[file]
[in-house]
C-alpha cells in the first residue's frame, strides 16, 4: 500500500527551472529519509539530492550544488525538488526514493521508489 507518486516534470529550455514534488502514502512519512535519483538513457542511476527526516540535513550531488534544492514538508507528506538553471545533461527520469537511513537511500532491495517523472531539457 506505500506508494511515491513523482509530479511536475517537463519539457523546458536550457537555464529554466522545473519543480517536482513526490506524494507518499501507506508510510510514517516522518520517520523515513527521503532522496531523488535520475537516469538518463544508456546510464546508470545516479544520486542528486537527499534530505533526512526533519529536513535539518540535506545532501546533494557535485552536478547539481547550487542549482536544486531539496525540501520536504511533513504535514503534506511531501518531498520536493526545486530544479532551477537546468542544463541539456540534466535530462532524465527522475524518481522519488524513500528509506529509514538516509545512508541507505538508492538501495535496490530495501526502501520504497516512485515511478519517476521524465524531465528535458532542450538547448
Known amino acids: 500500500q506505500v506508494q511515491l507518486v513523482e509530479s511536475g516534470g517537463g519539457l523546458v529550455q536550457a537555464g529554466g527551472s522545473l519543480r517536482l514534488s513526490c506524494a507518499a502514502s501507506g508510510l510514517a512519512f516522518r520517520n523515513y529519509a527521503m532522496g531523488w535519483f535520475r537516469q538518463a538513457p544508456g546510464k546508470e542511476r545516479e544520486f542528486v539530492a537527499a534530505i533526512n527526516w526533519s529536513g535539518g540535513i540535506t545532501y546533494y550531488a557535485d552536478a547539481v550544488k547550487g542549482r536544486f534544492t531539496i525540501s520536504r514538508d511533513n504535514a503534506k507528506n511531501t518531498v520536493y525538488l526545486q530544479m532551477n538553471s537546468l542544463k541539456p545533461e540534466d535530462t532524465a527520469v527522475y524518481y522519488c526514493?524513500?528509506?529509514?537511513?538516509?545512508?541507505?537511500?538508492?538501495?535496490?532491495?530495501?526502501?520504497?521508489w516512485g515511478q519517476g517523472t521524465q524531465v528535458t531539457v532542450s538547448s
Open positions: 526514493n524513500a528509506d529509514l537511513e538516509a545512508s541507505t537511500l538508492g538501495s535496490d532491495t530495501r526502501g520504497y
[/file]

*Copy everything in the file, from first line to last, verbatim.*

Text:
[in-house]
C-alpha cells in the first residue's frame, strides 16, 4: 500500500527551472529519509539530492550544488525538488526514493521508489 507518486516534470529550455514534488502514502512519512535519483538513457542511476527526516540535513550531488534544492514538508507528506538553471545533461527520469537511513537511500532491495517523472531539457 506505500506508494511515491513523482509530479511536475517537463519539457523546458536550457537555464529554466522545473519543480517536482513526490506524494507518499501507506508510510510514517516522518520517520523515513527521503532522496531523488535520475537516469538518463544508456546510464546508470545516479544520486542528486537527499534530505533526512526533519529536513535539518540535506545532501546533494557535485552536478547539481547550487542549482536544486531539496525540501520536504511533513504535514503534506511531501518531498520536493526545486530544479532551477537546468542544463541539456540534466535530462532524465527522475524518481522519488524513500528509506529509514538516509545512508541507505538508492538501495535496490530495501526502501520504497516512485515511478519517476521524465524531465528535458532542450538547448
Known amino acids: 500500500q506505500v506508494q511515491l507518486v513523482e509530479s511536475g516534470g517537463g519539457l523546458v529550455q536550457a537555464g529554466g527551472s522545473l519543480r517536482l514534488s513526490c506524494a507518499a502514502s501507506g508510510l510514517a512519512f516522518r520517520n523515513y529519509a527521503m532522496g531523488w535519483f535520475r537516469q538518463a538513457p544508456g546510464k546508470e542511476r545516479e544520486f542528486v539530492a537527499a534530505i533526512n527526516w526533519s529536513g535539518g540535513i540535506t545532501y546533494y550531488a557535485d552536478a547539481v550544488k547550487g542549482r536544486f534544492t531539496i525540501s520536504r514538508d511533513n504535514a503534506k507528506n511531501t518531498v520536493y525538488l526545486q530544479m532551477n538553471s537546468l542544463k541539456p545533461e540534466d535530462t532524465a527520469v527522475y524518481y522519488c526514493?524513500?528509506?529509514?537511513?538516509?545512508?541507505?537511500?538508492?538501495?535496490?532491495?530495501?526502501?520504497?521508489w516512485g515511478q519517476g517523472t521524465q524531465v528535458t531539457v532542450s538547448s
Open positions: 526514493n524513500a528509506d529509514l537511513e538516509a545512508s541507505t537511500l538508492g538501495s535496490d532491495t530495501r526502501g520504497y